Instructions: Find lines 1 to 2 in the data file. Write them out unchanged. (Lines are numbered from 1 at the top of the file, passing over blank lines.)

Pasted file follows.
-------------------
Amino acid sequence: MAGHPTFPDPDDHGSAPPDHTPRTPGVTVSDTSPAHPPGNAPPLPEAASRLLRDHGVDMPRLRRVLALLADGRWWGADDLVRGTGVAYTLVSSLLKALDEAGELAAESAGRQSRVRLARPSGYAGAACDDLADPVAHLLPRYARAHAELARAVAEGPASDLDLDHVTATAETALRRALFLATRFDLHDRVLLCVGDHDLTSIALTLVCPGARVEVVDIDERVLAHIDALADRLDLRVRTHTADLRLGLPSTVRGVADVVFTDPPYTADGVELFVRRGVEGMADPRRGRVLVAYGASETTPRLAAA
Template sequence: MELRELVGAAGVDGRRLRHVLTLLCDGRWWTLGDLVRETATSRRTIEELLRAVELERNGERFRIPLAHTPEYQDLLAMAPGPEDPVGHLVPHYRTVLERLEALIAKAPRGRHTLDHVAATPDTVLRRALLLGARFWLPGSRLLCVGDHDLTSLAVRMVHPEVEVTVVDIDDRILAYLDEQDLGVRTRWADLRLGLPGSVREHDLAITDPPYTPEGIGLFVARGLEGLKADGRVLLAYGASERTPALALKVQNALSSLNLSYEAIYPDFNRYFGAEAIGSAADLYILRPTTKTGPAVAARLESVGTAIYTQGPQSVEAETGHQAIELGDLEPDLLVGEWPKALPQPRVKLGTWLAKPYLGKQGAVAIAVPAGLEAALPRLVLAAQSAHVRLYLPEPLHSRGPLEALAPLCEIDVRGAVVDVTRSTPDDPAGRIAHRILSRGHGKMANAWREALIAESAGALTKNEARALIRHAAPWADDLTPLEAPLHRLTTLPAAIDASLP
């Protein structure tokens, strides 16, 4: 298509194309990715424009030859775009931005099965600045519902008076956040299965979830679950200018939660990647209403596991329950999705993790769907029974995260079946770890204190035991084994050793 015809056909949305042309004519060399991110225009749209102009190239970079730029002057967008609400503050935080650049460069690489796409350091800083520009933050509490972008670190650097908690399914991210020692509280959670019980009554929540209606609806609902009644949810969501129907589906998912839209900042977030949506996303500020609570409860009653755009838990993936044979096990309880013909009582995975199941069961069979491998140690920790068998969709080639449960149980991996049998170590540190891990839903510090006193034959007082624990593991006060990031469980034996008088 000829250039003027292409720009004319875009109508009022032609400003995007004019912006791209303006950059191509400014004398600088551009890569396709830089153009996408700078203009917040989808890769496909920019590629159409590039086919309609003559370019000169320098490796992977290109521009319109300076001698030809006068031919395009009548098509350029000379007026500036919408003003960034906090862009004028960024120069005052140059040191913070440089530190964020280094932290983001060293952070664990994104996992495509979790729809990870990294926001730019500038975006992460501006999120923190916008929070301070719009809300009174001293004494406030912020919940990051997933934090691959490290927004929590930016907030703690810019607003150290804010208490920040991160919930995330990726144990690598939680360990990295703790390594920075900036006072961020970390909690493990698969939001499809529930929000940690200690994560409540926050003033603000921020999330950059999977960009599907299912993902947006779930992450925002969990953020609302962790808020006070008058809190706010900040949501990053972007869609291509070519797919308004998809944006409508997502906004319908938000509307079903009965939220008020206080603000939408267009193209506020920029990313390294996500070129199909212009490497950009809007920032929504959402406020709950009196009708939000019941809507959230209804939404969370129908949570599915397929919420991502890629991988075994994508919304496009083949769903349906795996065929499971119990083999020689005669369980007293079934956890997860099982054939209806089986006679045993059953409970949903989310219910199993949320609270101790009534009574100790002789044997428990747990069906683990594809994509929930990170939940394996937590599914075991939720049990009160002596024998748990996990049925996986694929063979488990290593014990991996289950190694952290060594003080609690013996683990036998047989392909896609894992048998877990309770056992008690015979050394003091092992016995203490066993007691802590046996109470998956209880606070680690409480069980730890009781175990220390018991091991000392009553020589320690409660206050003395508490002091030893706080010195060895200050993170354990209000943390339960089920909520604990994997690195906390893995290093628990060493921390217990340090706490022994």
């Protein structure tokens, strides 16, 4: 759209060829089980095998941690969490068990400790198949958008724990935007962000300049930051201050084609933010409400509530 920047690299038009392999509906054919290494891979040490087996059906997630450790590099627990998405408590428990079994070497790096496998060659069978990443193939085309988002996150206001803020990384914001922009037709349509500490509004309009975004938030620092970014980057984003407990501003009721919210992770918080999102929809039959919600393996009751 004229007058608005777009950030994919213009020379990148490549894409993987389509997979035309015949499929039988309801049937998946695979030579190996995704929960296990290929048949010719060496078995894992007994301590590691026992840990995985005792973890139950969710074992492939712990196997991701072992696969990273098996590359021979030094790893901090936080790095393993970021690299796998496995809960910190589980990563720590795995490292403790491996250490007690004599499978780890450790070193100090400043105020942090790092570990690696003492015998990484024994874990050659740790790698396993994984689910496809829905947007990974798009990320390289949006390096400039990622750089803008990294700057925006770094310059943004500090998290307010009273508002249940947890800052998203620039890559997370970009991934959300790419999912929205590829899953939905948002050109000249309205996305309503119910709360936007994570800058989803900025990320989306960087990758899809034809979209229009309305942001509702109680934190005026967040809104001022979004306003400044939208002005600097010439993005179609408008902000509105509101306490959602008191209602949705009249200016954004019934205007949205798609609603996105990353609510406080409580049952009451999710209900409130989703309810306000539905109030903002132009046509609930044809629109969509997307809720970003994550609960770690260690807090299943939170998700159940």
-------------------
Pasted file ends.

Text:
Amino acid sequence: MAGHPTFPDPDDHGSAPPDHTPRTPGVTVSDTSPAHPPGNAPPLPEAASRLLRDHGVDMPRLRRVLALLADGRWWGADDLVRGTGVAYTLVSSLLKALDEAGELAAESAGRQSRVRLARPSGYAGAACDDLADPVAHLLPRYARAHAELARAVAEGPASDLDLDHVTATAETALRRALFLATRFDLHDRVLLCVGDHDLTSIALTLVCPGARVEVVDIDERVLAHIDALADRLDLRVRTHTADLRLGLPSTVRGVADVVFTDPPYTADGVELFVRRGVEGMADPRRGRVLVAYGASETTPRLAAA
Template sequence: MELRELVGAAGVDGRRLRHVLTLLCDGRWWTLGDLVRETATSRRTIEELLRAVELERNGERFRIPLAHTPEYQDLLAMAPGPEDPVGHLVPHYRTVLERLEALIAKAPRGRHTLDHVAATPDTVLRRALLLGARFWLPGSRLLCVGDHDLTSLAVRMVHPEVEVTVVDIDDRILAYLDEQDLGVRTRWADLRLGLPGSVREHDLAITDPPYTPEGIGLFVARGLEGLKADGRVLLAYGASERTPALALKVQNALSSLNLSYEAIYPDFNRYFGAEAIGSAADLYILRPTTKTGPAVAARLESVGTAIYTQGPQSVEAETGHQAIELGDLEPDLLVGEWPKALPQPRVKLGTWLAKPYLGKQGAVAIAVPAGLEAALPRLVLAAQSAHVRLYLPEPLHSRGPLEALAPLCEIDVRGAVVDVTRSTPDDPAGRIAHRILSRGHGKMANAWREALIAESAGALTKNEARALIRHAAPWADDLTPLEAPLHRLTTLPAAIDASLP